A Quick Prick that tells a lot

It turned out that the skin prick test is about 20 minutes, starting with the medical staff cleaning Marcie’s inner forearm and applying the possible allergens (egg, dust mite, cat’s hair, dog’s hair, milk, mold) onto her arm. While one staff proceeded to prick Marcie’s skin with a needle to allow the substance to enter her skin, another staff was playing with Marcie. Marcie did not cry or even whine but I think that’s because her usual itch is far more ‘painful’ than that little prick. We had to wait 20 minutes or so before the medical staff examined the size of the wheal, i.e. reddish swelling to determine if Marcie is allergic to any of the substance.

What the Skin Prick Test Results say

All the results tested negative and as mentioned, this takes a lot of stress out – no worries over food allergy (apparently, testing for milk and egg is sufficient for food allergy; no need to prick 100 holes to test for all possible food to be consumed in a lifetime).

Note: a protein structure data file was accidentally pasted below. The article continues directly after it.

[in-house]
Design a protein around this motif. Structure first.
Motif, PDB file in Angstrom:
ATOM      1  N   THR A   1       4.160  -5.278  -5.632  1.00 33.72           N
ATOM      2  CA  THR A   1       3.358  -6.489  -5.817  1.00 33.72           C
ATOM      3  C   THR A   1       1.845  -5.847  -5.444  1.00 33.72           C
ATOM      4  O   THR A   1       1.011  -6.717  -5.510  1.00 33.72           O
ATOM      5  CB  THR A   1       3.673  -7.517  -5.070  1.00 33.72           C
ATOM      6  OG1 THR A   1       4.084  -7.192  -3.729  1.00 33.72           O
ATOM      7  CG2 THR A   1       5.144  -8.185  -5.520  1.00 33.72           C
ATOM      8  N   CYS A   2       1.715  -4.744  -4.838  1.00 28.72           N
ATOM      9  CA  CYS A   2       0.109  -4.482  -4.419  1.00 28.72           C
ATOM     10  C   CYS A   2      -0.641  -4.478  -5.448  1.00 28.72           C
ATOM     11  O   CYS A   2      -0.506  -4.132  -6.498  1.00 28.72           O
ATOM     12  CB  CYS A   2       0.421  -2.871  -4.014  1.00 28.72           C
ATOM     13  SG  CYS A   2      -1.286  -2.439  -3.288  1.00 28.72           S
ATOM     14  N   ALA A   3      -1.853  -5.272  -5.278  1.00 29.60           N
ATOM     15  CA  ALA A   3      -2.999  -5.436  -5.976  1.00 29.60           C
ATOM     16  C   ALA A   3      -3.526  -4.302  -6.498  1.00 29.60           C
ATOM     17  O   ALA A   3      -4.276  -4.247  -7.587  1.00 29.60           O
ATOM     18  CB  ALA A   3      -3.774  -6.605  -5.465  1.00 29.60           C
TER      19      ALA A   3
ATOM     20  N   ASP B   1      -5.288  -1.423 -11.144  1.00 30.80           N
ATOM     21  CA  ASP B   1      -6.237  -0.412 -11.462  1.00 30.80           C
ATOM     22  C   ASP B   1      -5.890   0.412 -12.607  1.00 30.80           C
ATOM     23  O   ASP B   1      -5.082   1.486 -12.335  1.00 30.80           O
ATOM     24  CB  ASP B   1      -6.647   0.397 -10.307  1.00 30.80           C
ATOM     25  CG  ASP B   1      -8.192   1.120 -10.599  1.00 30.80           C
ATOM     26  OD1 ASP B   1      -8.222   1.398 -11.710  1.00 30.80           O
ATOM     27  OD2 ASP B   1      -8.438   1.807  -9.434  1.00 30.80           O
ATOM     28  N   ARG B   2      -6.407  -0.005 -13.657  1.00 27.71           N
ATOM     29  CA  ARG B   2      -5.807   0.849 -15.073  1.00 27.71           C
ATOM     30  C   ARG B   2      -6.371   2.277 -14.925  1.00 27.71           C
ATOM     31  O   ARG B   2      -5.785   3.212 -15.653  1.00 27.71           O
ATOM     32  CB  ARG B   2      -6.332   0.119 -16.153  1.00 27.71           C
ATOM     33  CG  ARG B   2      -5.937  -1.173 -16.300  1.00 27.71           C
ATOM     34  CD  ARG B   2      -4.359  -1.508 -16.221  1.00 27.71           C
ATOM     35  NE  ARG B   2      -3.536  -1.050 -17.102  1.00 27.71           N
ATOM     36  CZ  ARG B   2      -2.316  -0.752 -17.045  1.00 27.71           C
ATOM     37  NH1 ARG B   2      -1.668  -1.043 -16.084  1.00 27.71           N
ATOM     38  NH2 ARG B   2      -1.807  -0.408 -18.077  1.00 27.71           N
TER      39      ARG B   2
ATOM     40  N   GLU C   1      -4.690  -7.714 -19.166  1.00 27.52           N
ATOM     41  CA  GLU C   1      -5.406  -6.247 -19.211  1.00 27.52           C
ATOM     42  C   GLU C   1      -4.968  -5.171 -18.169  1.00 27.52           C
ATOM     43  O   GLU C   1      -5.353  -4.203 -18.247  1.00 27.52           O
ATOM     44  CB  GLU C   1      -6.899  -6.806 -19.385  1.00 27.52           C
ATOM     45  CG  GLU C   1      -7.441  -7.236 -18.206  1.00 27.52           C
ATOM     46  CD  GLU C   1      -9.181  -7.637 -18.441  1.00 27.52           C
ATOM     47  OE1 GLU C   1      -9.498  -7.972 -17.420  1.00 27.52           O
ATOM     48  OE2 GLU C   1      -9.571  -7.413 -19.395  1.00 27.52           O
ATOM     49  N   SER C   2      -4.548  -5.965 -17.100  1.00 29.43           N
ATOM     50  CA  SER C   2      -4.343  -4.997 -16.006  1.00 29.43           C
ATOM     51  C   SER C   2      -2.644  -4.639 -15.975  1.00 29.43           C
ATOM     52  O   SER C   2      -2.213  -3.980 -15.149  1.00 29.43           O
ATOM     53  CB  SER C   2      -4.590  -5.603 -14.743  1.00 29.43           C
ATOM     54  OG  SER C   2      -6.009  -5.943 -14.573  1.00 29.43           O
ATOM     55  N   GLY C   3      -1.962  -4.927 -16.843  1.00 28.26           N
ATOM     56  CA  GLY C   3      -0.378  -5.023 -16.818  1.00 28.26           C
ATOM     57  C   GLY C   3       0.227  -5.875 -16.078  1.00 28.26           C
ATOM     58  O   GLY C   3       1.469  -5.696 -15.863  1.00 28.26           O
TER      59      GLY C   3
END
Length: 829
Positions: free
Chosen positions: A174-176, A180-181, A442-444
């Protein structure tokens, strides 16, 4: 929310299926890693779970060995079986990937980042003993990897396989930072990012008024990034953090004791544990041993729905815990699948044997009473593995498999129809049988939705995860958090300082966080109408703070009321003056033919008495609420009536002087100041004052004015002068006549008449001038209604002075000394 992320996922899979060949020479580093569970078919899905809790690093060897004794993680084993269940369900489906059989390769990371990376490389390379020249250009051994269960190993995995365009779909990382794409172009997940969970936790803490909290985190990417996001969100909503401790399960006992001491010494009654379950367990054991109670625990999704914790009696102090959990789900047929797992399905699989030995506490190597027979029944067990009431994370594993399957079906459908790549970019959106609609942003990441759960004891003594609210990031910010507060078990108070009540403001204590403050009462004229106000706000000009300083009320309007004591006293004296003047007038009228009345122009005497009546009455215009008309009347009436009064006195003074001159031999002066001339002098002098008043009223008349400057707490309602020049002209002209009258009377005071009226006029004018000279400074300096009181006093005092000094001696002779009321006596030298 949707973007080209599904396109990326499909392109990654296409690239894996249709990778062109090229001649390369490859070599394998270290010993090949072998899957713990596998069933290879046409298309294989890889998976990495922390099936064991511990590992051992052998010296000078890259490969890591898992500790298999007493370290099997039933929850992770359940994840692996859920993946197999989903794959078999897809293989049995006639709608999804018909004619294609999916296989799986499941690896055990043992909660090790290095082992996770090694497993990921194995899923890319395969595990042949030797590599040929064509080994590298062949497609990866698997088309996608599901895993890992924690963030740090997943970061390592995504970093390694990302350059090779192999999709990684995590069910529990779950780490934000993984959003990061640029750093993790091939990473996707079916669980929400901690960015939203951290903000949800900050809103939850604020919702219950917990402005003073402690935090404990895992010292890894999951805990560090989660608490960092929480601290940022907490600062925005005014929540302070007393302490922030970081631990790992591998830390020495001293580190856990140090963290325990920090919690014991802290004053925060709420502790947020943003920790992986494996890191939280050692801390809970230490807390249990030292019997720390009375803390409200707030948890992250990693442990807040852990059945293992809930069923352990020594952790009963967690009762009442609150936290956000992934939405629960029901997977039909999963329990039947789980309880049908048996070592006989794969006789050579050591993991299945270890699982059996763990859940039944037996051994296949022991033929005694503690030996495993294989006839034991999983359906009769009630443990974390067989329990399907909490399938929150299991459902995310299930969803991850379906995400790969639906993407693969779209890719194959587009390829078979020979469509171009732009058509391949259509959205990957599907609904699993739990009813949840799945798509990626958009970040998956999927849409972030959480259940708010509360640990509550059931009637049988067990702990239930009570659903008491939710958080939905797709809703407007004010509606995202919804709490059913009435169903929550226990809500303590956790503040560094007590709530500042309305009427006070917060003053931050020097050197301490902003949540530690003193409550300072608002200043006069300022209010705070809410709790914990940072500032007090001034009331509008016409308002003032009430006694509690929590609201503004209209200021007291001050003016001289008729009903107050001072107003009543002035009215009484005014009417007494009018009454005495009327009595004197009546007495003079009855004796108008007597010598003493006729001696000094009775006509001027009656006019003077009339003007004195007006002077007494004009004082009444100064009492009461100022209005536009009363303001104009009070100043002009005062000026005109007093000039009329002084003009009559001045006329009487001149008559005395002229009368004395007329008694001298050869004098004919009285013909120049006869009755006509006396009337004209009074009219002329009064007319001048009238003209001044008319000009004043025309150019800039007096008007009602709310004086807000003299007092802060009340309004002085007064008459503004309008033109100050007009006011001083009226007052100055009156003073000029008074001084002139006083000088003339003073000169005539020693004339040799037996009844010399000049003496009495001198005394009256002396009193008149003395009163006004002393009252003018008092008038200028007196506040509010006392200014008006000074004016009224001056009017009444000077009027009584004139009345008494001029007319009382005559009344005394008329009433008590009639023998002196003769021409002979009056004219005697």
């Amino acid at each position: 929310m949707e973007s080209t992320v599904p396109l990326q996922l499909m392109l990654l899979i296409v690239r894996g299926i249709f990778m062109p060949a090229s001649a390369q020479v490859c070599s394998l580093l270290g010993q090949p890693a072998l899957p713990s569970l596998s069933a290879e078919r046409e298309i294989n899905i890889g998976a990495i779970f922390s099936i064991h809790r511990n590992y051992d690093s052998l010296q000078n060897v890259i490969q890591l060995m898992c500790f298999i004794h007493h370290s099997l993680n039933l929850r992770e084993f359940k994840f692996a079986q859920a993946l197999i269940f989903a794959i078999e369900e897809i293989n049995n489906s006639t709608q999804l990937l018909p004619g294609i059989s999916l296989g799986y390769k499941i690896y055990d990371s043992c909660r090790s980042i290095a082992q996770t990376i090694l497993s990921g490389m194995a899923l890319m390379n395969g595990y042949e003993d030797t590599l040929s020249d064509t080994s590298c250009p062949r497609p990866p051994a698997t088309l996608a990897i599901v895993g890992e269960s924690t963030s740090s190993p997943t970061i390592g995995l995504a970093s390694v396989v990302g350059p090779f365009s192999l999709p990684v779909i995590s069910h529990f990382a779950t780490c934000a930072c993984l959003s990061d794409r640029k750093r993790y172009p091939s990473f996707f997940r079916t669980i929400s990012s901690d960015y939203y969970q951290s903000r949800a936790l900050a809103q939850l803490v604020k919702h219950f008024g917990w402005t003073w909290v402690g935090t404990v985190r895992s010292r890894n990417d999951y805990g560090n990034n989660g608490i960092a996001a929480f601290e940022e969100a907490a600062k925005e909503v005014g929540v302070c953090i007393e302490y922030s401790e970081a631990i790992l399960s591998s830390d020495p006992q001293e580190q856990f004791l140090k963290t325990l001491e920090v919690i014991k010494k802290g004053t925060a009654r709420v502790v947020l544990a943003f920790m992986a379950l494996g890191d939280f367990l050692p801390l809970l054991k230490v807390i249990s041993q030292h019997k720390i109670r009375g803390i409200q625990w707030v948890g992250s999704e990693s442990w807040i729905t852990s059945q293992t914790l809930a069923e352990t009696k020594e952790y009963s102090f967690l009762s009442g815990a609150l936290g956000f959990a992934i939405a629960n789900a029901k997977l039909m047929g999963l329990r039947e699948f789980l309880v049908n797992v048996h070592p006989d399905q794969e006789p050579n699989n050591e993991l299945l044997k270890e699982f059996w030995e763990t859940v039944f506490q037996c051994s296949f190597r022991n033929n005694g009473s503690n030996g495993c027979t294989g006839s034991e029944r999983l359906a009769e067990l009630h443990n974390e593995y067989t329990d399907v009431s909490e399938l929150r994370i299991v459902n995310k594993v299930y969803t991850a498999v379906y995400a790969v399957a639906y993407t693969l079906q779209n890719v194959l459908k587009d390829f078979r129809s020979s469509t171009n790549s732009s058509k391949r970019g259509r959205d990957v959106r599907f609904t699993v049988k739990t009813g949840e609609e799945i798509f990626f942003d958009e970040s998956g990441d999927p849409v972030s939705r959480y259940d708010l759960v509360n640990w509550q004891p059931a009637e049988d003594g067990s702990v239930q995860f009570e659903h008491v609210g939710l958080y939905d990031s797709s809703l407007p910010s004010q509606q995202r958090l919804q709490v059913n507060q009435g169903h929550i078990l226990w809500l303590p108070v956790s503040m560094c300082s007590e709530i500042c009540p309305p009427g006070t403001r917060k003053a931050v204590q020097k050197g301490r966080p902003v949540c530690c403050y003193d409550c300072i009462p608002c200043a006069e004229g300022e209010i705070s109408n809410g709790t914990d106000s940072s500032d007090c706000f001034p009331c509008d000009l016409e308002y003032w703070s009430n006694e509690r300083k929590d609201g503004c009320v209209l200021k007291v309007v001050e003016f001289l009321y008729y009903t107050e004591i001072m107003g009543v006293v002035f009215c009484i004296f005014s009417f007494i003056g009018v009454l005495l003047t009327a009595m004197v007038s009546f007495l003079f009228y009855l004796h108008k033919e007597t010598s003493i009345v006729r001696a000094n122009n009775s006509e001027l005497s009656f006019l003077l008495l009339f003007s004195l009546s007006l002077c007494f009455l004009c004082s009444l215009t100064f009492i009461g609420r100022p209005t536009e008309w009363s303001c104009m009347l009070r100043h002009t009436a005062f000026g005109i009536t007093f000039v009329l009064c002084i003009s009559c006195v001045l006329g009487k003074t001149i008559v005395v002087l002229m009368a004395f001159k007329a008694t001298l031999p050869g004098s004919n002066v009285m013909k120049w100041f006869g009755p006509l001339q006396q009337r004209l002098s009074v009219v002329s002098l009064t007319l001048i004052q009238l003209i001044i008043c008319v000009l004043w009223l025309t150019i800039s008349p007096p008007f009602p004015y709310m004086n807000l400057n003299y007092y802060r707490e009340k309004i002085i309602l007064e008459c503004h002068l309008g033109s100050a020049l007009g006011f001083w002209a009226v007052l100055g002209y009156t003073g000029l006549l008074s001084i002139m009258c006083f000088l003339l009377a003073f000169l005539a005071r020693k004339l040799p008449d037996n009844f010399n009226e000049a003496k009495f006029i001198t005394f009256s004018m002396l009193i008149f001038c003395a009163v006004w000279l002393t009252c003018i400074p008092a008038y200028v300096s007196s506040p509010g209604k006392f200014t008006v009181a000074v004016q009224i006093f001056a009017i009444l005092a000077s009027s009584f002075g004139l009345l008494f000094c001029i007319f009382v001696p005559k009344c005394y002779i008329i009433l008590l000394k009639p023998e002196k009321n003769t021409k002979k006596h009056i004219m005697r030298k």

Don’t try pricking at home

It was a blessing that Marcie did not show any allergic reaction. However, if there is a reaction to the allergen, there will be swelling that is bigger than the dummy test and also itching. The test is not to be done at home without medical staff in case of severe reactions to the allergen. The skin area to be tested must also be free from rashes, otherwise, the reactions will not be visible. Plus, consumption of anti-histamines should be avoided otherwise the skin may not show a reaction (when there should be one).

I strongly encourage parents to bring their child for the skin prick test, otherwise, you may drive yourself paranoid guessing what causes the eczema..